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MetaCyc Pathway: L-arginine biosynthesis I (via L-ornithine)
Traceable author statement to experimental support

Pathway diagram: L-arginine biosynthesis I (via L-ornithine)

If an enzyme name is shown in bold, there is experimental evidence for this enzymatic activity.

Superclasses: BiosynthesisAmino Acids BiosynthesisProteinogenic Amino Acids BiosynthesisL-arginine Biosynthesis

Some taxa known to possess this pathway include : Escherichia coli K-12 substr. MG1655, Moritella sp., Myxococcus xanthus, Salmonella enterica enterica serovar Typhimurium, Vibrionaceae

Expected Taxonomic Range: Archaea, Bacteria , Viridiplantae

General Background

Arginine biosynthesis is notable for its complexity and variability at the genetic level, and by its connection with several other pathways, such as pyrimidine and polyamine biosynthesis, and certain degradative pathways. The initial steps of the arginine biosynthetic pathways proceed via N-acetylated intermediates. The presumed reason for this is that the acetylation prevents the spontaneous cyclization of glutamate derivatives, which leads to proline biosynthesis, thus keeping the two pathways separate [Caldovic03]. A variation of the pathway found in some archaebacteria and hyperthermophilic bacteria utilizes a dedicated carrier protein to protect the intermediates instead of acetylation.

Several alternative arginine biosynthetic pathways have evolved in bacteria:

In L-arginine biosynthesis I (via L-ornithine), which is not very common, the key intermediate N-acetyl-L-glutamate (NAG) is formed by the enzyme EC, amino-acid N-acetyltransferase. A second key intermediate downstream, N-acetyl-L-ornithine, is hydrolyzed by the enzyme EC, acetylornithine deacetylase, releasing acetate, and forming the arginine precursor L-ornithine.

In L-arginine biosynthesis II (acetyl cycle)), which is found in most of the prokaryotic and eukaryotic microbes investigated up to now, the two reactions mentioned above are linked: the acetyl group which is removed from N-acetyl-L-ornithine is recycled onto glutamate, regenerating N-acetyl-L-glutamate (NAG). This recycling is performed by the enzyme EC, glutamate N-acetyltransferase. This pathway is considered more evolved, since the overall reaction is energetically more favorable [Cunin86].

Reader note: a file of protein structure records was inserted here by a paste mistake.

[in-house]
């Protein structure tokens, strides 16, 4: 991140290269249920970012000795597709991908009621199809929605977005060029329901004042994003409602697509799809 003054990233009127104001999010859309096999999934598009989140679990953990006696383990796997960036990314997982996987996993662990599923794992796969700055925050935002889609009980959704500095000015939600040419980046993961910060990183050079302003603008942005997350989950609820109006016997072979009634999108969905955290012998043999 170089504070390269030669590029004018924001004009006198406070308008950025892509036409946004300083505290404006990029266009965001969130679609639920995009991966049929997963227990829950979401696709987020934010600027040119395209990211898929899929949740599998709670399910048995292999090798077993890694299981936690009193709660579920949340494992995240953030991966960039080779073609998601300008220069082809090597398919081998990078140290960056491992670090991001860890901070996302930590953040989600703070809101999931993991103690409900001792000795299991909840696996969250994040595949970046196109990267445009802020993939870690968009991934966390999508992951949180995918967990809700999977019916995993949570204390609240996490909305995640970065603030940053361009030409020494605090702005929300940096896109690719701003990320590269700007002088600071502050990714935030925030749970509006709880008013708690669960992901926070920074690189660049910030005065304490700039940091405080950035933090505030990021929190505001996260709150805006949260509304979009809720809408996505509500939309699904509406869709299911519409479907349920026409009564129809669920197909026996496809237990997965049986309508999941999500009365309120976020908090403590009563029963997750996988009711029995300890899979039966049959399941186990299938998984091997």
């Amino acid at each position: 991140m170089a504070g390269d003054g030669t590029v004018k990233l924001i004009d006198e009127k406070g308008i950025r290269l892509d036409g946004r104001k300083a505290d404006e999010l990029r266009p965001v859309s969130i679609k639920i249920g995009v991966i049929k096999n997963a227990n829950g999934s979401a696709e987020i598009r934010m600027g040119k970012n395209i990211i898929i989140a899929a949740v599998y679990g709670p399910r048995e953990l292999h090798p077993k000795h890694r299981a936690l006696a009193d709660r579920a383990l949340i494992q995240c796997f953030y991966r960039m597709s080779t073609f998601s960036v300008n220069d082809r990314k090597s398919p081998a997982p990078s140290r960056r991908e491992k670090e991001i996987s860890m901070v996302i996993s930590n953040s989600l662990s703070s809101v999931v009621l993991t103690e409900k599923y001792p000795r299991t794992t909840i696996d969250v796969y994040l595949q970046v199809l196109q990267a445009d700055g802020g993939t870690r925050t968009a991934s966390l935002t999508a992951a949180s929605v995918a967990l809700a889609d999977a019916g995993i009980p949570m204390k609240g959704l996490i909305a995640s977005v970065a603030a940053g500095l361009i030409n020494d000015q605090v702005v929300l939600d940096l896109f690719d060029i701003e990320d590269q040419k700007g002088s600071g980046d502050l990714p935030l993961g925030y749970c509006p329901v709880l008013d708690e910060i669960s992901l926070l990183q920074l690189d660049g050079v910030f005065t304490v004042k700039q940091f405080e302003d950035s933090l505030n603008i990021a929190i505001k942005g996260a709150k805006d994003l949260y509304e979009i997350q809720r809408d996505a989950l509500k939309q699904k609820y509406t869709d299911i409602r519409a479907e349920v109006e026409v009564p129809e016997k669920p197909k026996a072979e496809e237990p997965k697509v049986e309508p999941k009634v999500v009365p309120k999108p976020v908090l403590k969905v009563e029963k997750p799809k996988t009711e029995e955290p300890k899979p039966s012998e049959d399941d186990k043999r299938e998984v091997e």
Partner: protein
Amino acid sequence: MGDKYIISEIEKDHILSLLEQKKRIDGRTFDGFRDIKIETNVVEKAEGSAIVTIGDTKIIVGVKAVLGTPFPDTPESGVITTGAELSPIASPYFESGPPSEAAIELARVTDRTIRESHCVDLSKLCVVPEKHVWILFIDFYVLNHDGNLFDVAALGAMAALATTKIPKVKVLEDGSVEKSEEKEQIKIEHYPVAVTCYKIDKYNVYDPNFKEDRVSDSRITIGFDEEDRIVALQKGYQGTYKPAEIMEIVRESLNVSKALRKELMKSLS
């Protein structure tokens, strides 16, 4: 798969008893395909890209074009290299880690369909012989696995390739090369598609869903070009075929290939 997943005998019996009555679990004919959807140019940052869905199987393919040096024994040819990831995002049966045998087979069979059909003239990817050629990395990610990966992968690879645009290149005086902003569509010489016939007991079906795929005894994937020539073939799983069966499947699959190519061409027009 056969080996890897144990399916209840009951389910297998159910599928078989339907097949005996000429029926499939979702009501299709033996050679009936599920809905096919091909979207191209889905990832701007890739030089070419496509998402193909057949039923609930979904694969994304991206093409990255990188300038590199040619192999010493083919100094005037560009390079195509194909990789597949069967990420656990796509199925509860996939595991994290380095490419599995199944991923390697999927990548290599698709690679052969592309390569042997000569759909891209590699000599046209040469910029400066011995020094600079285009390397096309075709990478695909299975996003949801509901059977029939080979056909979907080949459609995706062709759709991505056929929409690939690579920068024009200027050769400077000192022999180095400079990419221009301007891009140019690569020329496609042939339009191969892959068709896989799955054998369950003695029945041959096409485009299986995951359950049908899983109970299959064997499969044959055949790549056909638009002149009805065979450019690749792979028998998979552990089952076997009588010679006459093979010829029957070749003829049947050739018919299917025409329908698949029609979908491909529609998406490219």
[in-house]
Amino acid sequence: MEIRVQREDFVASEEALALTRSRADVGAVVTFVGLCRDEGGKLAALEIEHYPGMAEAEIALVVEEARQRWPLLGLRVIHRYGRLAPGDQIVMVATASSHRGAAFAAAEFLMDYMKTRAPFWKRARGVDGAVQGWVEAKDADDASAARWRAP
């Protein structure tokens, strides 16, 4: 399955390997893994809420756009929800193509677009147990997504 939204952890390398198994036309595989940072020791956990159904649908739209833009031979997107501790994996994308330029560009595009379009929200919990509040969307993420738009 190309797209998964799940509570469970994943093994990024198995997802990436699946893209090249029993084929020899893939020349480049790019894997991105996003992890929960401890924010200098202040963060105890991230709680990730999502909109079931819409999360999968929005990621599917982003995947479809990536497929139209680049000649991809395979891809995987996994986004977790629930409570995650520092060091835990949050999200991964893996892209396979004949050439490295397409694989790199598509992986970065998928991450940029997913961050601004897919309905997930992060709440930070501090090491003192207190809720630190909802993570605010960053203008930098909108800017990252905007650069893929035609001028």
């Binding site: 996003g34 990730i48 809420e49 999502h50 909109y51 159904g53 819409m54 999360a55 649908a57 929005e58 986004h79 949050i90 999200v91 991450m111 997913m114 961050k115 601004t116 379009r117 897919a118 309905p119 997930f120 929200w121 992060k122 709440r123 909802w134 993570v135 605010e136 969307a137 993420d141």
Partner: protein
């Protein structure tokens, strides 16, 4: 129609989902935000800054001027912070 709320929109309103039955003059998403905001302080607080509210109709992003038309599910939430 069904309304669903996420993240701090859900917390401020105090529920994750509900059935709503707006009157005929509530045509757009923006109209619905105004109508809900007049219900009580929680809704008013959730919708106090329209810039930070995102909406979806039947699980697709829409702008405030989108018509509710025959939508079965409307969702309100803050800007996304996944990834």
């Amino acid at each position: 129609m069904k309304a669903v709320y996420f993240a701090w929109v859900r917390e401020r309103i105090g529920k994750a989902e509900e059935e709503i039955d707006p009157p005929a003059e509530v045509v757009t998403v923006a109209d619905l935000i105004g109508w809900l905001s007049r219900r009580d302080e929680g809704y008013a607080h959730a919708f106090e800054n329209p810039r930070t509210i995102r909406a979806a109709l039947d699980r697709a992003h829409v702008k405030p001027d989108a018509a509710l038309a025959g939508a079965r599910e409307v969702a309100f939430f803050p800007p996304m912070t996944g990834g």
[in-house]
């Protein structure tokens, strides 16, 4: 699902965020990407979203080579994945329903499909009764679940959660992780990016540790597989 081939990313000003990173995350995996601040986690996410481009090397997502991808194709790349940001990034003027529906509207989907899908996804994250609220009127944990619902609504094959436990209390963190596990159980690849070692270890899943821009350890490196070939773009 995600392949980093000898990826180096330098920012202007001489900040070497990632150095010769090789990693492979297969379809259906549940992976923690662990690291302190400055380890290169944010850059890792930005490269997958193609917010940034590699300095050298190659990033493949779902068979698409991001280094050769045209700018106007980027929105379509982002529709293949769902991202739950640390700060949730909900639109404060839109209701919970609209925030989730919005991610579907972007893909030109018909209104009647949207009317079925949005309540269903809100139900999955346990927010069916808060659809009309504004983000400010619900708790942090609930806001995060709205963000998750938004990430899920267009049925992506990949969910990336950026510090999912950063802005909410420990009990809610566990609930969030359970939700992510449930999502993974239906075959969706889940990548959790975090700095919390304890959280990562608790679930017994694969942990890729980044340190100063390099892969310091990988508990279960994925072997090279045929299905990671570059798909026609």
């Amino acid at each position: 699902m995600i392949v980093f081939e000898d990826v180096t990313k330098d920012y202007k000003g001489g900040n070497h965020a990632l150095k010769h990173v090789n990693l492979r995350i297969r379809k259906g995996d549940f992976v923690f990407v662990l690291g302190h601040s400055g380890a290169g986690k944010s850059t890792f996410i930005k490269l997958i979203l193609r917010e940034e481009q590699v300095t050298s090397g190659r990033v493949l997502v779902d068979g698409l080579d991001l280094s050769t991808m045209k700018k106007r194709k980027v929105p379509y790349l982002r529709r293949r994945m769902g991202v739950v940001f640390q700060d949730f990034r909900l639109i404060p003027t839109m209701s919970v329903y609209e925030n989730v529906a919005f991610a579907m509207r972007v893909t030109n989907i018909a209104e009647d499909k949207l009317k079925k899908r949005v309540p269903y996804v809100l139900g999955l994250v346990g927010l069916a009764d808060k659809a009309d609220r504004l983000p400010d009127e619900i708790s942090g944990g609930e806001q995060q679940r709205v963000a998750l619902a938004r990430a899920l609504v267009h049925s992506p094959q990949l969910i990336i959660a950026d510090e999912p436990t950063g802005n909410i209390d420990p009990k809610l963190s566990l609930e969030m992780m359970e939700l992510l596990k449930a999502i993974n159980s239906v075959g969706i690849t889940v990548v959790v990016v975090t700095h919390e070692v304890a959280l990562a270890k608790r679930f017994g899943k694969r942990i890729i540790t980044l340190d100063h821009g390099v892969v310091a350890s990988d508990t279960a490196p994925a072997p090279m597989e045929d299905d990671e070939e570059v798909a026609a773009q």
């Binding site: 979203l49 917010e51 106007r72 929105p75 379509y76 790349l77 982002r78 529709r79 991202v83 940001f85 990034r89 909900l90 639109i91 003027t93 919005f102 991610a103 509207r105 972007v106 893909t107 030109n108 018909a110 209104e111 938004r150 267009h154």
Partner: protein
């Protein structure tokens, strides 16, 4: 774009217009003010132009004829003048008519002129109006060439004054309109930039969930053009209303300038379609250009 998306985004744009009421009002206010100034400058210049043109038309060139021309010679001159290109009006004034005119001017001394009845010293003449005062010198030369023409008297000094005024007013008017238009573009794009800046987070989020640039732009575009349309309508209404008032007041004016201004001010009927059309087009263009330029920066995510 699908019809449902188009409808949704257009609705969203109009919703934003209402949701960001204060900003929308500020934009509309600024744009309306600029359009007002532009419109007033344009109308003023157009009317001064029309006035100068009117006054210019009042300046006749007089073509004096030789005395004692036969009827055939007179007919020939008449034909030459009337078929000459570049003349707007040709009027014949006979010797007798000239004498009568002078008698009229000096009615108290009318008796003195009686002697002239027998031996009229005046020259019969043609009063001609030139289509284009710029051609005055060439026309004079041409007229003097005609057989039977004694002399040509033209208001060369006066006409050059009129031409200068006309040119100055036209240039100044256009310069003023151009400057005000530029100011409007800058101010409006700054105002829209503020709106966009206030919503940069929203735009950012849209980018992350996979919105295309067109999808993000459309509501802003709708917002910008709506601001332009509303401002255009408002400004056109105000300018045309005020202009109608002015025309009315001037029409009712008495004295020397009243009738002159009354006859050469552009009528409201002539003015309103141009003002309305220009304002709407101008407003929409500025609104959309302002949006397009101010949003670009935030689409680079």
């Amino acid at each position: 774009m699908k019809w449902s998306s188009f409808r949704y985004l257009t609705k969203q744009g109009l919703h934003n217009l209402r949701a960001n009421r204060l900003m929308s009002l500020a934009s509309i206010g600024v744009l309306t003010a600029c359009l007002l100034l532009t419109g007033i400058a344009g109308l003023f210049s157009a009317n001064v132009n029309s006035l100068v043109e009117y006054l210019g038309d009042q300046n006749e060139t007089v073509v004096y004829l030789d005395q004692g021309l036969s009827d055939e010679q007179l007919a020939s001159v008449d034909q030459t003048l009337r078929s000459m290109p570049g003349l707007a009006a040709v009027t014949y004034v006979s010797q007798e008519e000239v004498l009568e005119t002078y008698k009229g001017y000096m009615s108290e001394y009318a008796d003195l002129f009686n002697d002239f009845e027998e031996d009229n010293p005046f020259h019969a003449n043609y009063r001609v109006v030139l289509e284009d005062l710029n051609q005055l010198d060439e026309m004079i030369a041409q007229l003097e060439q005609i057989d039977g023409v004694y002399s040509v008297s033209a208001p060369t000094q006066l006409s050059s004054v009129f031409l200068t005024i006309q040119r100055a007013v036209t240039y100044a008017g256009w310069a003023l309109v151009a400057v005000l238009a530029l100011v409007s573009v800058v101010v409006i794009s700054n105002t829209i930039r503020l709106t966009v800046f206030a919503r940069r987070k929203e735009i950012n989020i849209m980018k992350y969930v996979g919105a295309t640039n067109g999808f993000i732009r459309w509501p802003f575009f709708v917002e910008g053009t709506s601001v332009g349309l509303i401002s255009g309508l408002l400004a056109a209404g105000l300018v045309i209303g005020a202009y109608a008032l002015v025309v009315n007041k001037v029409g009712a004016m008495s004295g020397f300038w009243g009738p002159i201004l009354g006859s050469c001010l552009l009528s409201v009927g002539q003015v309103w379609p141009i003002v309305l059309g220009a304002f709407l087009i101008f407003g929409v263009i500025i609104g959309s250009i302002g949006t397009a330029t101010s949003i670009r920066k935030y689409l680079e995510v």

The variant L-arginine biosynthesis III (via N-acetyl-L-citrulline) is found in several eubacteria. While in the two pathways mentioned above N-acetyl-L-ornithine is deacetylate to L-ornithine, which is subsequntly transcarbamoylated to form L-citrulline, in this variant N-acetyl-L-ornithine is not deacetylated. Instead, it is transcarbamoylated directly by the enzyme EC, N-acetylornithine carbamoyltransferase, resulting in N-acetyl-L-citrulline. The enzyme acetylornithine deacetylase can accept N-acetyl-L-citrulline as a substrate, and deacetylates it into L-citrulline [Morizono06].

The variant L-arginine biosynthesis IV (archaebacteria), which has been described in the archaebacterium Sulfolobus acidocaldarius, involves early intermediates that are protected not by acetylation but by a carrier protein (the LysW [LysW L-2-aminoadipate carrier protein]), which participates in the biosynthesis of both L-arginine and L-leucine in these organsims [Ouchi13].

About This Pathway

This linear variant of the arginine biosynthesis pathway has been reported from the Enterobacteriaceae [Cunin86], the Vibrionaceae [Xu00], and the Gram-negative bacterium Myxococcus xanthus [Harris98]. The pathway was also described in the archaeon Sulfolobus solfataricus [VandeCasteele90], but in most likelihood that organism possesses a different variant of the pathway (see L-arginine biosynthesis IV (archaebacteria)).

In this pathway glutamate is acetylated to N-acetyl-glutamate (NAG) by the enzyme NAG synthase, encoded by the argA gene. The acetyl donor for this reaction is acetyl-CoA. NAG is then converted in several enzymatic steps to N-acetyl-ornithine. The acetyl group is removed in the form of acetate by the enzyme acetylornithine deacetylase, encoded by the argE gene. Ornithine is then combined with carbamoyl phosphate to form citrulline, which is converted in two steps to L-arginine.

Superpathways: superpathway of arginine and polyamine biosynthesis

Subpathways: L-ornithine biosynthesis I

Variants: L-arginine biosynthesis II (acetyl cycle), L-arginine biosynthesis III (via N-acetyl-L-citrulline), L-arginine biosynthesis IV (archaebacteria), L-citrulline-nitric oxide cycle

Unification Links: EcoCyc:ARGSYN-PWY

Created 02-Feb-1994 by Riley M, Marine Biological Laboratory
Revised 14-Apr-2006 by Caspi R, SRI International
Last-Curated 30-Mar-2011 by Fulcher CA, SRI International


Caldovic03: Caldovic L, Tuchman M (2003). "N-acetylglutamate and its changing role through evolution." Biochem J 372(Pt 2);279-90. PMID: 12633501

Cunin86: Cunin R, Glansdorff N, Pierard A, Stalon V (1986). "Biosynthesis and metabolism of arginine in bacteria." Microbiol Rev 1986;50(3);314-52. PMID: 3534538

Harris98: Harris BZ, Singer M (1998). "Identification and characterization of the Myxococcus xanthus argE gene." J Bacteriol 180(23);6412-4. PMID: 9829957

Morizono06: Morizono H, Cabrera-Luque J, Shi D, Gallegos R, Yamaguchi S, Yu X, Allewell NM, Malamy MH, Tuchman M (2006). "Acetylornithine transcarbamylase: a novel enzyme in arginine biosynthesis." J Bacteriol 188(8);2974-82. PMID: 16585758